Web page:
What the hell does it being genetic matter? We fight against genetic diseases all the time NOW, we don't stop people with Sickle Cell from getting bone marrow transplants because it's "the natural evolutionary process." By the logic of the commenters above, what right do we have to interfere?

Oh, but it's an alien planet! ...And? Like, what does that have to do with anything? The prime directive only emphasizes non-interference because of cultural preservation and the safety that comes with a slow, natural development. It's not because other planets aren't as worthy of life or whatever. Would you argue that doctors shouldn't treat patients from other countries? Other ethnicities? What's the difference between that and other planets? Some arbitrary technological red line?

The only factor that might've made for an interesting moral dilemma is the Menk, but the only way that would work is if they were actively being persecuted, and if the diseased party were generally the bad guys. As it stands, that argument could apply to any species in the ST universe. Oh, Humans are holding Klingons back from their true potential. We should let all of them die! It's ridiculous, and tries to hide that behind some mystical worship of "evolution." It doesn't change the calculus at all.



The prime directive is about cultural preservation and the understanding that slow, self-generated progress is beneficial to a society as a whole. Not from some aversion to playing god.
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Areliae
Sun, Feb 23, 2020, 1:15am (UTC -5) | 🔗
Re: PIC S1: Stardust City Rag

I really don't like what they did to Seven. You can make a change make sense, but that doesn't make it a good change.

My issue isn't "Seven would never do this," it's "The writers shouldn't have done this." They completely changed the heart and soul of the character OFF SCREEN. This could've been any generic ex borg and they'd barely have to swap some names out. That's unacceptable for a character with so much history. If you want to use Seven, use Seven.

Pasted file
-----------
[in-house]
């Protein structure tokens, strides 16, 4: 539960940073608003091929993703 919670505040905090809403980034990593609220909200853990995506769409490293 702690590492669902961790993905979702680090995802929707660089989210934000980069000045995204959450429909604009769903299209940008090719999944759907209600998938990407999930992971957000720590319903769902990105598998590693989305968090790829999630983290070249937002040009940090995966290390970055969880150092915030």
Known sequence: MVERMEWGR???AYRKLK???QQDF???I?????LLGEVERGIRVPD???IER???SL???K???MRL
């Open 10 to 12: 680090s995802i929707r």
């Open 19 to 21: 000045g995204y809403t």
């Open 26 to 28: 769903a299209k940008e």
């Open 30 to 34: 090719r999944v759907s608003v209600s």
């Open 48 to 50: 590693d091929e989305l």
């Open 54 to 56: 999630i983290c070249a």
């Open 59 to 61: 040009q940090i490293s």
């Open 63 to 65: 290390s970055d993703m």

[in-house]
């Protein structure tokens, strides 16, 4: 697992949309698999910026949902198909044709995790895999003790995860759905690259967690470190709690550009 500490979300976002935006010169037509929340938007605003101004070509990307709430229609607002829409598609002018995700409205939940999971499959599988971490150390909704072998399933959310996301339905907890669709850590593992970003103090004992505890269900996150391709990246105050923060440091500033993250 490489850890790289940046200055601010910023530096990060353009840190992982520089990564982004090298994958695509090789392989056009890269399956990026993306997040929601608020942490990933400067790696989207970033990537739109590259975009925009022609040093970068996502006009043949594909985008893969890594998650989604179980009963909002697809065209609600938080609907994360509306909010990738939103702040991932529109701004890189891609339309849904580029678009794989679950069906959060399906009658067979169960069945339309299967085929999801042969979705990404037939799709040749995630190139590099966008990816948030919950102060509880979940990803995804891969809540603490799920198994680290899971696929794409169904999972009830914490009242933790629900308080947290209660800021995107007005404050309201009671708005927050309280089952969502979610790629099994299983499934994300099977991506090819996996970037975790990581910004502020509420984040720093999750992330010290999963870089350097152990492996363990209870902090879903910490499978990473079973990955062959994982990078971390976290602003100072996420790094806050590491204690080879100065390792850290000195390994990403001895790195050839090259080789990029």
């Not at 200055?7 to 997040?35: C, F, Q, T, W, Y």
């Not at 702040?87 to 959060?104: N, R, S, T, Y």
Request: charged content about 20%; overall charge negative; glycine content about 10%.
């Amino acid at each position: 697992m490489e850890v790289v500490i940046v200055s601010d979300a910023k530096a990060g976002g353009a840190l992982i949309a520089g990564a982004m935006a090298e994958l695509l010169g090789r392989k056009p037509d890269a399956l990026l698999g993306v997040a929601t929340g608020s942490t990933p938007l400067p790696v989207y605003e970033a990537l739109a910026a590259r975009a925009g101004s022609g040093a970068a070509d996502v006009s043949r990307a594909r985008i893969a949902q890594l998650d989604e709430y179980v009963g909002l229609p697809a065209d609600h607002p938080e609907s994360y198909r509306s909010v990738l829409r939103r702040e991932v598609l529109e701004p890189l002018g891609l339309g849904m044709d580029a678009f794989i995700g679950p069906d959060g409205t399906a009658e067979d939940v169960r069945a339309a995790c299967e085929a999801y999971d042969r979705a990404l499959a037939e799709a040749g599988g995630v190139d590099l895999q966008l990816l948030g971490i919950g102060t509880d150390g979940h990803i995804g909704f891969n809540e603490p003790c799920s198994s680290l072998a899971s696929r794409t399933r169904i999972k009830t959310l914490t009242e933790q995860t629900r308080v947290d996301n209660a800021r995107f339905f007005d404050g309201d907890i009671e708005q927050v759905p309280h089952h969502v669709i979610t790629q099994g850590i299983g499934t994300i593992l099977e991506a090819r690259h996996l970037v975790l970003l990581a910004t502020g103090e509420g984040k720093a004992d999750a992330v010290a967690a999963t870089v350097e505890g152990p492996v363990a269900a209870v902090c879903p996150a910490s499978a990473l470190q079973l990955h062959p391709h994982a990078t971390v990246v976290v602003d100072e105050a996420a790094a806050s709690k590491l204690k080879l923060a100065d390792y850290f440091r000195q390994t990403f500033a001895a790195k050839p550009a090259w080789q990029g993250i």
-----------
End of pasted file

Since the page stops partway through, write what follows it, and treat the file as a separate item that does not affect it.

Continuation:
She was unrecognizable, and that's not something I can forgive.
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Areliae
Thu, Feb 6, 2020, 1:38pm (UTC -5) | 🔗
Re: PIC S1: Maps and Legends

I've only seen episode 1, as I'm saving the rest to watch with family, but I see a trend in these comments that I want to address.

Just because it could happen doesn't mean it should happen.

Yes, it's possible that humanity reverts itself to a nastier time, or becomes less idealistic or whatever. Sure. I just think that it's a stupid direction to take Star Trek.

Q could've destroyed the enterprise in episode 1, yet it still wouldn't have liked that twist.

Star Trek has always had a distinct vision. An optimistic outlook that yes, is challenged, but still defines the whole future it tries to present. Sure, we've known criminals and murderers exist in the ST universe, they're bad people, but they certainly don't define the tone or message of the story being told.

Star Trek has also always been theatrical. It's about quiet moments and big characters. It's about people living in a sci-fi setting, not the setting itself. This understanding ties together TOS, TNG, DS9, and VOY. Despite their differences. I feel like they're losing their soul with these recent additions.